Menon, N., van der Meulen Rodgers, Y., and Kennedy, A. R., ‘Land reform and welfare in Vietnam: why gender of the land‐rights holder matters’, Journal of International Development, 29 (2017), pp. 454-72.

 

The Great Indian Earthquake: colonialism, politics and nationalism in 1934

by Tirthankar Ghosh (Department of History, Kazi Nazrul University, Asansol, India)

This blog is part of our EHS Annual Conference 2020 Blog Series.

 

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Gandhi in Bihar after the 1934 Nepal–Bihar earthquake. Available at Wikipedia.

The Great Indian earthquake of 1934 gave new life to nationalist politics in India. The colonial state too had to devise a new tool to deal with the devastation caused by the disaster. But the post-disaster settlements became a site of contestation between government and non-governmental agencies.

In this earthquake, thousands of lives were lost, houses were destroyed, crops and agricultural fields were devastated, towns and villages were ruined, bridges and railway tracks were warped, and drainage and water-sources had been distorted for a vast area of Bihar.

The multi-layered relief works, which included official and governmental measures, involvement of the organised party leadership and political workers, and voluntary private donations and contributions from several non-political and charitable organisations had to accommodate with several contradictory forces and elements.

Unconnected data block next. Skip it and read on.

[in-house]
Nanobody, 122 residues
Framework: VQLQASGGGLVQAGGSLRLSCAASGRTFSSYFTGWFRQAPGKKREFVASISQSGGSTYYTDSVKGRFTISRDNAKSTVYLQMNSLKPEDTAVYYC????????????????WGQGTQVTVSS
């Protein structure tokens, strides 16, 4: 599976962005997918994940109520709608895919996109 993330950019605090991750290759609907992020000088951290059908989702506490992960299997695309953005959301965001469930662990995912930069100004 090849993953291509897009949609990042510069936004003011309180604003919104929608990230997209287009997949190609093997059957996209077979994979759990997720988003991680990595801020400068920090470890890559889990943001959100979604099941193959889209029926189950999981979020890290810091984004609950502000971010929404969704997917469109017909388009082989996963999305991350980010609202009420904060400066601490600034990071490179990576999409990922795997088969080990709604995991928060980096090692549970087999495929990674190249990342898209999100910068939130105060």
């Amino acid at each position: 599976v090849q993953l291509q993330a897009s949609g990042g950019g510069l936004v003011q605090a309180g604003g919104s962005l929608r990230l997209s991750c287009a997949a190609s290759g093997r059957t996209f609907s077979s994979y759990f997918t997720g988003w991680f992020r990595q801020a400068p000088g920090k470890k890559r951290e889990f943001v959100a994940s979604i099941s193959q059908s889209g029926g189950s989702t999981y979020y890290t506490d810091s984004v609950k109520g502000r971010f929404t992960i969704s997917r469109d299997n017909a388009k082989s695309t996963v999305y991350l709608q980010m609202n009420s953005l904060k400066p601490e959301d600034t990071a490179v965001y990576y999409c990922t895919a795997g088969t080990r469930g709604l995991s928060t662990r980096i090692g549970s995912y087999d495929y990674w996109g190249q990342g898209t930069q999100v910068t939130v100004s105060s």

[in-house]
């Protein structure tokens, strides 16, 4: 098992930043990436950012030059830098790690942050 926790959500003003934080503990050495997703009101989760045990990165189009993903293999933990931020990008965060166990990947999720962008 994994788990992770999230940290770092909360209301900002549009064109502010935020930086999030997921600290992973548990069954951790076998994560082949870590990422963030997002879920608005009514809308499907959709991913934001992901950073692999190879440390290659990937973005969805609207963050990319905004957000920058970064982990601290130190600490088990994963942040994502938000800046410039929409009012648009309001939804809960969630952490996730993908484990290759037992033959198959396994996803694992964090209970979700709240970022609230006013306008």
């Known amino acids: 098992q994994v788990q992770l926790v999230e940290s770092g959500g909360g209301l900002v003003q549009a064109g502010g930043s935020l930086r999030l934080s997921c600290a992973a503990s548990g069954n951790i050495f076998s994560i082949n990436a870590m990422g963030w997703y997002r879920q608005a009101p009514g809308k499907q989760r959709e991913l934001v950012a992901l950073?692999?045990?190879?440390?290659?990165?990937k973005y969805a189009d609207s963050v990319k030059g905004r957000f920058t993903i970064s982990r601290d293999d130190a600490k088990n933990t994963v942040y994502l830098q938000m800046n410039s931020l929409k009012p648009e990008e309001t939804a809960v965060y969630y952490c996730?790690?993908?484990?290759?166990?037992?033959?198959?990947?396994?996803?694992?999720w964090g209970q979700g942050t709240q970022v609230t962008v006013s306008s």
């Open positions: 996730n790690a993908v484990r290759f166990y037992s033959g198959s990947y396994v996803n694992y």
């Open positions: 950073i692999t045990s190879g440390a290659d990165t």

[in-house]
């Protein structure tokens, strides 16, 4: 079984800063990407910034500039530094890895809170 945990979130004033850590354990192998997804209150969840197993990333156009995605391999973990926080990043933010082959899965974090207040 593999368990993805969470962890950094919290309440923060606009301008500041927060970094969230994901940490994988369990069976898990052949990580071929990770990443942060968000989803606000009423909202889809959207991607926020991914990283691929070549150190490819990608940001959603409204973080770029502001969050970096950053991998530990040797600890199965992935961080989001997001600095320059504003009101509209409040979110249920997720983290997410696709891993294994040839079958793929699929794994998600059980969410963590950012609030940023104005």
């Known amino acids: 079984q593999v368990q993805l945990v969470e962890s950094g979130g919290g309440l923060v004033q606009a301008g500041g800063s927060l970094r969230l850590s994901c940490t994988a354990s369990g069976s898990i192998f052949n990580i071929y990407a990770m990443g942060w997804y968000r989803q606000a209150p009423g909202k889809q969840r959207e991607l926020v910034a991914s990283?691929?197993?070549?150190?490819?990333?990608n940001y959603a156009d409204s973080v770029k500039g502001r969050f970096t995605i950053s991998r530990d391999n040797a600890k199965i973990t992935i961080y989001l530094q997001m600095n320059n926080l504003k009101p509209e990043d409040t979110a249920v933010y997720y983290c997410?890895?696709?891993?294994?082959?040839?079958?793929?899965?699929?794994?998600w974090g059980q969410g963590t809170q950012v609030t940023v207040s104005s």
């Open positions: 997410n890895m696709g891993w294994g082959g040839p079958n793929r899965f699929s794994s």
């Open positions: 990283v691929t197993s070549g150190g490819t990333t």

Although it is sometime argued that the main objective of these relief works was to gain ‘political capital’ and ‘goodwill’; the mobilisation of fund, sympathy and fellow feelings should not be underestimated. Thus, a whole range of new nationalist politics emerged from the ruins of the disaster, which mobilised a great amount of popular engagement, political energy, and public subscriptions. The colonial state had to release prominent political leaders who could massively contribute to the relief operations.

Now the question is: was there any contestation or competition between the government and non-governmental agencies in the sphere of relief and reconstruction? Or did the disaster temporarily redefine the relationship between the state and subjects during the period of anti-colonial movement?

While the government had to embark on relief operations without having a proper idea about the depth of sufferings of the people, the political organisations, charged with sympathy and nationalism, performed the great task with more efficient organisational skills and dedication.

This time, India had witnessed what was the largest political involvement in a non-political agenda to date, where public involvement and support had not only compensated the administrative deficit, but shared an equal sense of victimhood. The non-political or non-governmental organisations, like Ramakrishna Mission, Marwari Relief Society etc. had also played a leading role in the relief operations.

The 1934 earthquake drew on massive popular sentiment, which was similar to the Bhuj earthquake of 2001 in India. In the long run, the disaster prompted the state to introduce the concept of public safety, hitherto unknown in India, and a whole new set of earthquake resistant building codes and modern urban planning using the latest technologies.